5 Hurdles Every Executive Pastor Has to Get Over

5 Hurdles Every Executive Pastor Has to Get Over

I am not a great surfer, but I love to surf!

There is a lot of skill and intuition required to ride a wave. Surfing is also being able to recognize the right opportunity. Choosing the right day to go out or the right wave in a set to chase is vital to a strong day in the water.

Personally I have learned a lot of the skills required to ride a wave. My struggle remains recognizing the best waves to ride.

Similarly, my job requires me to be a skilled opportunist as well. Executive pastors are constantly processing managing people, mapping out strategy, ministering to people and a dozen other things all simultaneously. At the same time we have to have intuition to recognize the right opportunities within every context of leadership.

Much like my surfing experience, I find many executive pastors miss some critical opportunities.

We trust too little.

Trust is a wide net with us. We struggle to trust both people and God. Why? Because we tend to be control freaks. Our tendency is to only truly trust ourselves. Trust requires surrendering control. We miss opportunities to see God move on our behalf because we operate like we can control the universe better than He can. We miss opportunities to see people we lead flourish and our church grow due to our lack of confidence in them.

We are unwilling to live with a product we don’t have our own fingerprints on.

Perhaps it is due to knowing just enough about every area of the church, an insecure need to be needed or a genuine belief that we know more than everyone else; but many executive pastors wrestle with accepting others’ work as good enough. Because of this we manage products instead of people. This is our greatest missed opportunity, as it turns great leaders into insecure followers when we insist on being the generator of innovation.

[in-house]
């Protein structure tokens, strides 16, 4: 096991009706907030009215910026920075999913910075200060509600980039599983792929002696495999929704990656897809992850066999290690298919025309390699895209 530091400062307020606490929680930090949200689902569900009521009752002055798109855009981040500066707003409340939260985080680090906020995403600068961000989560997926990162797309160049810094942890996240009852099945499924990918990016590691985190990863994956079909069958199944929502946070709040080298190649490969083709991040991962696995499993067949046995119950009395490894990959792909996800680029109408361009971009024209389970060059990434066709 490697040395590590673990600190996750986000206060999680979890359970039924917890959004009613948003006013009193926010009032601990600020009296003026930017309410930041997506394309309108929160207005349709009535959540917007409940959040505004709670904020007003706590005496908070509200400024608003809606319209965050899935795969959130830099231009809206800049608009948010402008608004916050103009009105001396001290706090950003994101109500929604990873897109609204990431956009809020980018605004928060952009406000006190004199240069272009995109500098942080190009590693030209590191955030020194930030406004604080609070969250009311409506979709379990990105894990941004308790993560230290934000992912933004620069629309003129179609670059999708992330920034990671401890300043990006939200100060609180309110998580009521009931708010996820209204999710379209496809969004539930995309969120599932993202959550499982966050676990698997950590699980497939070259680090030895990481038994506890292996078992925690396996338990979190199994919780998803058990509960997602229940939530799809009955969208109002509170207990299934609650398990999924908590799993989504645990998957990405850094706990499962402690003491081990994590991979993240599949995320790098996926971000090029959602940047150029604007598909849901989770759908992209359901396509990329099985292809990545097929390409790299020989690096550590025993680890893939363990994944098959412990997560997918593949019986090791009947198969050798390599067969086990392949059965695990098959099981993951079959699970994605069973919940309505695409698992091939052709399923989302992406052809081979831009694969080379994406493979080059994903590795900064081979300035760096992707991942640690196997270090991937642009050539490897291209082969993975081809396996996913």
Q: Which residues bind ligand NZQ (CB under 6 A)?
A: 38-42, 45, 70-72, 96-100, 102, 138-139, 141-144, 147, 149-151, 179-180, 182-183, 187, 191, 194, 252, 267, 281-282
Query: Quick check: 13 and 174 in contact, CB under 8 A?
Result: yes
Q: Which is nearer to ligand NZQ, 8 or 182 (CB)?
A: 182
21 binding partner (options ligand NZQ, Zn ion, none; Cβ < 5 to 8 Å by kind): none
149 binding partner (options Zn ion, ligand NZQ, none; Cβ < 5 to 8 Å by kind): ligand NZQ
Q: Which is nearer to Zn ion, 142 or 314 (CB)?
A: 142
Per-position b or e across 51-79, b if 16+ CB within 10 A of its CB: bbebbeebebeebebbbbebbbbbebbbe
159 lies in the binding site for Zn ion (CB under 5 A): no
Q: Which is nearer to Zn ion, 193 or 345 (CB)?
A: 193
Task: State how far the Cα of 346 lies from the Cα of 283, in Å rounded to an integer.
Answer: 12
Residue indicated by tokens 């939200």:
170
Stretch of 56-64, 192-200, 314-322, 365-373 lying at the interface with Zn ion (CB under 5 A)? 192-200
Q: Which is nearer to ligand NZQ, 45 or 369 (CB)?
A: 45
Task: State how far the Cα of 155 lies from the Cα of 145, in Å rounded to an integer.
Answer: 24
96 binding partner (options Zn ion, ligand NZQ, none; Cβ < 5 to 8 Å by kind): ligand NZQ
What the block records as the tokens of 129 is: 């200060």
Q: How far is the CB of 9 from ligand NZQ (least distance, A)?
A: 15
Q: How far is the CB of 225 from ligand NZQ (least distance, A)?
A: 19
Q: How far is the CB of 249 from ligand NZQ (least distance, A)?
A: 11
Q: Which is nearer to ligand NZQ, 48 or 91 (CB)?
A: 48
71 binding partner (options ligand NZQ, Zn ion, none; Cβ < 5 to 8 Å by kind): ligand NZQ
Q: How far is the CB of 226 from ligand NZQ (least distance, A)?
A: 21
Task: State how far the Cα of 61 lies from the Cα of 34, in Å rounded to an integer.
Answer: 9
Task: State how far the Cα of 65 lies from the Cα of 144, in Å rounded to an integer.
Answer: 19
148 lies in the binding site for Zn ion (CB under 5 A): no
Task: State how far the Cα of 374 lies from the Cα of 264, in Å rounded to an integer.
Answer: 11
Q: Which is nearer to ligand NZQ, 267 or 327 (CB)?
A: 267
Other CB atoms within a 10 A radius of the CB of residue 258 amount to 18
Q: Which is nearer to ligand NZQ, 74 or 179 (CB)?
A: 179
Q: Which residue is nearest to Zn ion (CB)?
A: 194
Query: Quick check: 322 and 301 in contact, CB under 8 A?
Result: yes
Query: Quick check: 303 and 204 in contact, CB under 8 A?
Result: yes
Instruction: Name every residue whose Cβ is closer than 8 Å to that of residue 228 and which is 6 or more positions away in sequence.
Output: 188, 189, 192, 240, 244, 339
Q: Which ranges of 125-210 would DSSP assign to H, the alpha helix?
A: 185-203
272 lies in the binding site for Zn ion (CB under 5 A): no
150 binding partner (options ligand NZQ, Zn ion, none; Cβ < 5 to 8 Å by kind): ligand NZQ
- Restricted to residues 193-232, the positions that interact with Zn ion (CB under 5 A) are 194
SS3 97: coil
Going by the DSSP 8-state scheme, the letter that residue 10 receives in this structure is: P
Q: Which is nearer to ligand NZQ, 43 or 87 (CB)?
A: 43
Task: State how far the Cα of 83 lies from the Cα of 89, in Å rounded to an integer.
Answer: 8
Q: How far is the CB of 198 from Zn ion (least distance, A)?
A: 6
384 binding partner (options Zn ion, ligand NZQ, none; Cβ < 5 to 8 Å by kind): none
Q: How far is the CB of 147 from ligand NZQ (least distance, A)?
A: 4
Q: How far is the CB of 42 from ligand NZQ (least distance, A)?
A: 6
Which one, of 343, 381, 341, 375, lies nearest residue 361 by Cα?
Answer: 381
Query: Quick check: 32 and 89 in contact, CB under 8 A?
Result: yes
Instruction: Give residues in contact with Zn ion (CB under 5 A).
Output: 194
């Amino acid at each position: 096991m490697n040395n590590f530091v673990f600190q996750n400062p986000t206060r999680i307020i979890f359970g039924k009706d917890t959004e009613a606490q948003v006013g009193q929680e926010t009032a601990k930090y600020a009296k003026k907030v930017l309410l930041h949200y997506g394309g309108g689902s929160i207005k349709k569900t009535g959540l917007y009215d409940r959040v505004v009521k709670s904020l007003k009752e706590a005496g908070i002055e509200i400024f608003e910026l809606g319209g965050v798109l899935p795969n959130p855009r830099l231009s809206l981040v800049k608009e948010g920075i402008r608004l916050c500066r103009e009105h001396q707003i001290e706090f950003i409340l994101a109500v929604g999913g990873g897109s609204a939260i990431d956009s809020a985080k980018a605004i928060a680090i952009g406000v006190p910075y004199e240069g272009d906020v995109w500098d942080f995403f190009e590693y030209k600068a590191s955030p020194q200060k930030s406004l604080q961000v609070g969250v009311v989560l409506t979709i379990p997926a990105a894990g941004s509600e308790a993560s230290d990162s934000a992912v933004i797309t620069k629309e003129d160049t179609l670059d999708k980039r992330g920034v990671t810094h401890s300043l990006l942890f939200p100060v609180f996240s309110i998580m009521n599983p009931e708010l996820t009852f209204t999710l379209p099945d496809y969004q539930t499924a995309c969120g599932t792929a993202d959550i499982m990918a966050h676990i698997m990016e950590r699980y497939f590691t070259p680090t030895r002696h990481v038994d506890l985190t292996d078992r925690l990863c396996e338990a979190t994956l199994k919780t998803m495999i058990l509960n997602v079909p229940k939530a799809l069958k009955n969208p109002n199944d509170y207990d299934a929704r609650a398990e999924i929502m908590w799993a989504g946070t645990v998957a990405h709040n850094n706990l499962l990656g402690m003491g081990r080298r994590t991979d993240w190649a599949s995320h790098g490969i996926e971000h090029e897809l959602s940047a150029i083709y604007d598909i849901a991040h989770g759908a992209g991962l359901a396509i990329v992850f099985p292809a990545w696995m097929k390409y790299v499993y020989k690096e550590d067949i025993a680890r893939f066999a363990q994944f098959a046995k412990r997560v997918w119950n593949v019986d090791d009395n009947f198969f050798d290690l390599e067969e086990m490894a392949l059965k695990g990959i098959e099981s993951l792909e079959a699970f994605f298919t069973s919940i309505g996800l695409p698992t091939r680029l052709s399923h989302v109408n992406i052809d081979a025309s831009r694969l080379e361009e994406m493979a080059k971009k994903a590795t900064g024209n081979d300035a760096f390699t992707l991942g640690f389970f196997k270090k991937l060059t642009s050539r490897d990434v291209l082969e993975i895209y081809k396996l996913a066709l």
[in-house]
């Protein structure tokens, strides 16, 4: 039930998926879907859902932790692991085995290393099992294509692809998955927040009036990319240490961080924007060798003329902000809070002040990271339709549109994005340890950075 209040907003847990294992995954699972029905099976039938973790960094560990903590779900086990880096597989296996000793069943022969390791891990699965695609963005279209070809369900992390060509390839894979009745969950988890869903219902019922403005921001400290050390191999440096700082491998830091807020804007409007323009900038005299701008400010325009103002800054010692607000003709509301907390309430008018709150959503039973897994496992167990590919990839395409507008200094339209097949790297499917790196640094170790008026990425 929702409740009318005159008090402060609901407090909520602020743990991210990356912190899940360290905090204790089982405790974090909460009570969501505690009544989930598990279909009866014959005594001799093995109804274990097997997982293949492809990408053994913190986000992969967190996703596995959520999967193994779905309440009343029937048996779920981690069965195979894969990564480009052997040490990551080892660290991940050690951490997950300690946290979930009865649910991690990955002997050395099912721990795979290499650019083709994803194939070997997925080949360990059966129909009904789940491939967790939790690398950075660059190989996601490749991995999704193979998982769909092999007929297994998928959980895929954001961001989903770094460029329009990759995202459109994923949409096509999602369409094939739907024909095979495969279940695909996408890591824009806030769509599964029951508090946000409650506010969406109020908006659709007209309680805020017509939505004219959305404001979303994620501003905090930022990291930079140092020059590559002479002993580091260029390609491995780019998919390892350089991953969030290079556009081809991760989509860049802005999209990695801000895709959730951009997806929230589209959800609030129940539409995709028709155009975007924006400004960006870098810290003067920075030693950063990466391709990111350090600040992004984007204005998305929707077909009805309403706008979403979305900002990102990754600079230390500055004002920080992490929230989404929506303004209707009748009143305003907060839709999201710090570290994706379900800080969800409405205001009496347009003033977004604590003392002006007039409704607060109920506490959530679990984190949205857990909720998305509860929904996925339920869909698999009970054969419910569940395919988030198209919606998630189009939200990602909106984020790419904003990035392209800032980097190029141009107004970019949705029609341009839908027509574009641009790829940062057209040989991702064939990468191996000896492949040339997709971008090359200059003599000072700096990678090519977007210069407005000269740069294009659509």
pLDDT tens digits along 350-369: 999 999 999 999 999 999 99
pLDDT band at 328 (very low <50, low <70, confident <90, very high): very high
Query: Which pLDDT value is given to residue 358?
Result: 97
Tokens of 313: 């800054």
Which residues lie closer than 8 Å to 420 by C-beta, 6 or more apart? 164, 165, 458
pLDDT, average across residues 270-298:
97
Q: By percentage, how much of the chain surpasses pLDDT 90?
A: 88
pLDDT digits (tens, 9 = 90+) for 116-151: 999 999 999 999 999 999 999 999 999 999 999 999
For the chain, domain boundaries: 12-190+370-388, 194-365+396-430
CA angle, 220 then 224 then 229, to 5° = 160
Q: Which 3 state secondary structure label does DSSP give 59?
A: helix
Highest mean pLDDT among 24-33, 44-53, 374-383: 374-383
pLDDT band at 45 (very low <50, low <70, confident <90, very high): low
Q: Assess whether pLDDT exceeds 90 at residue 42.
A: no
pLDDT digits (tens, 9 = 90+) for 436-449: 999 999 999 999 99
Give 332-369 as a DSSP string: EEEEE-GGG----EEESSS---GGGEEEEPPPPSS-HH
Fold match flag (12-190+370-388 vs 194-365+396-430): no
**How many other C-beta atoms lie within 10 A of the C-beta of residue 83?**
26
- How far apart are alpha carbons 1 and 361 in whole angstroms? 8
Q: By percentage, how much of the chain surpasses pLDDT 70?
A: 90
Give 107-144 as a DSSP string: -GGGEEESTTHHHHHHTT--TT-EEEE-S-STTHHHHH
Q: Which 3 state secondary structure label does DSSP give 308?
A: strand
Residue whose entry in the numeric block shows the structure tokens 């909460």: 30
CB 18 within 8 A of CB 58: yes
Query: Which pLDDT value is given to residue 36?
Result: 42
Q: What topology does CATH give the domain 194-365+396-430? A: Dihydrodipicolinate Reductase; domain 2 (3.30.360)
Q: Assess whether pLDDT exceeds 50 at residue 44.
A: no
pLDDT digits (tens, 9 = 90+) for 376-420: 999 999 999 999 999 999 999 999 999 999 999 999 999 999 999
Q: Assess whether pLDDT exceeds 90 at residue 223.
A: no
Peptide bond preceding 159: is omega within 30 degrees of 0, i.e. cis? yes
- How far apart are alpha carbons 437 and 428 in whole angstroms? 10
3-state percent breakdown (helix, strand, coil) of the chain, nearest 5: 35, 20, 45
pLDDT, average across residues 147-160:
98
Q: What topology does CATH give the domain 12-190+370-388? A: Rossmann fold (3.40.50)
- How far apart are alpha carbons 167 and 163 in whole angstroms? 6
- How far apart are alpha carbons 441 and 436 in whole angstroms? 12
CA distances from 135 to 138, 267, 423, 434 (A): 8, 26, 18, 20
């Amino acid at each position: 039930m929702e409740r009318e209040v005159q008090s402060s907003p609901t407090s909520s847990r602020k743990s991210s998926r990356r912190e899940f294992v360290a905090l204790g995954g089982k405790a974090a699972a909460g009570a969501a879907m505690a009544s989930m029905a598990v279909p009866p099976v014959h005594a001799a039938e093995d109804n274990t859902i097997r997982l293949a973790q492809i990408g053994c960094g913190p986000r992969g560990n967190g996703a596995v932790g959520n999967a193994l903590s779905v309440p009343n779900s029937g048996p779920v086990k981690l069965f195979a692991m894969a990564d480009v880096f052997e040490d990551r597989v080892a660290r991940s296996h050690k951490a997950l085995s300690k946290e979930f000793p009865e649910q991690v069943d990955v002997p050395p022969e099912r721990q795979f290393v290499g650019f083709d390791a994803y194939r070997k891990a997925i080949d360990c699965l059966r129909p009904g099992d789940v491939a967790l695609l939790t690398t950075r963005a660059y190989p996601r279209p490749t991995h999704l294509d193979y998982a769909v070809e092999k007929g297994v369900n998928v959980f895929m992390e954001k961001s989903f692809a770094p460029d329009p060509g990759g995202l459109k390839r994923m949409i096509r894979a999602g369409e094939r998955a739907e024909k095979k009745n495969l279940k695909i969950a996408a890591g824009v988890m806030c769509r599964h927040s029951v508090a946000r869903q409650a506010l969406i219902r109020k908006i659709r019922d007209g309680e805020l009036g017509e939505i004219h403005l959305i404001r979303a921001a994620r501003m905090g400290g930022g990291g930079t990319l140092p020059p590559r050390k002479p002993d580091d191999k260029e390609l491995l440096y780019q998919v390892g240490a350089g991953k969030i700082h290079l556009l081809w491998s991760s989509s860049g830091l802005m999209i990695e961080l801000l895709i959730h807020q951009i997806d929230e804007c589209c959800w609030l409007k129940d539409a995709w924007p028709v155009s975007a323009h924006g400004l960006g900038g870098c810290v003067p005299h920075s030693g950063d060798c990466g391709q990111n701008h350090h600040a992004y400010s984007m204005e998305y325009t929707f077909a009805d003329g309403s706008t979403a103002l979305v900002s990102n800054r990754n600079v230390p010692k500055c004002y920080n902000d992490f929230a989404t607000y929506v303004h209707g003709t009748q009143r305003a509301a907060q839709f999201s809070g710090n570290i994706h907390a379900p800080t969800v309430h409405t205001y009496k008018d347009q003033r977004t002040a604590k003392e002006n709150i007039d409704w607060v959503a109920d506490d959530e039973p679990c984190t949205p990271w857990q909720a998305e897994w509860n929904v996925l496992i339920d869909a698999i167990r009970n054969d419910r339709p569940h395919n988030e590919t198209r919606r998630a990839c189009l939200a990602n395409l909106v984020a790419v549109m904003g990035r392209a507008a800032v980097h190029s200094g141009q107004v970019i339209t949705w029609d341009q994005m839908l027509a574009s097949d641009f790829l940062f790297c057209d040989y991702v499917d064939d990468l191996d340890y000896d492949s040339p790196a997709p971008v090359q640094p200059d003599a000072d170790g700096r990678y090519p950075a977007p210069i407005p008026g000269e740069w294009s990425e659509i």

We get into weeds more than we should.

Most executive pastor’s have an administrative gift. To scratch the itch of this giftedness we will deep dive into details that are lower than we need to be flying. Strategically focusing on detail is healthy; doing so on impulse is undisciplined. Our churches need our eyes on the horizon of where we are headed with intentional glances below. Staying in the weeds robs the church and leaders on your team from moving forward.

We make too many decisions.

There’s some weird leadership bravado that emerges around decision making. Pastors believe decision making power equals power. I disagree. Empowering others to make decisions is where real power lies. When I make quick decisions for the team based on my own impatience or arrogance, I miss opportunities for the team to be better leaders and the church to experience better results.

We soft pedal the truth with our lead pastors too often.

Telling the truth to my pastor readily and truthfully is a must. When I don’t, I miss the main goal of my job. Keep in mind, truth telling requires the right motives. I have to tell the truth in a tone that informs and improves over in a tone designed to sway my leader’s opinion. My responsibility is not to deliver truth to get my way but to deliver truth that helps my pastor lead the way.

I will never be a champion surfer. The skills are beyond me and the intuition baffles me. However, I will keep paddling out. In the same way, I continue to lead through challenging seas of opportunities. Hopefully I will keep learning to seize more than I miss!

Keep leading bravely.

This article originally appeared here.

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Kevin Lloyd
Hi, I'm Kevin Lloyd. I serve as the Executive Pastor at Stevens Creek Church and founder of LeadBravely.org. Having been in ministry vocationally since 1999, it feels like I have done it all! Students, Kids, Young Adults, Adult Discipleship, Executive Leadership, Staff Development, Church Planting and Large Group Communication are areas in which I have provided leadership. While I have never played the Augusta National Golf Course, I have lived in Augusta, GA for 11 years with my wife, Melissa, and two daughters, Shelby and Sydney.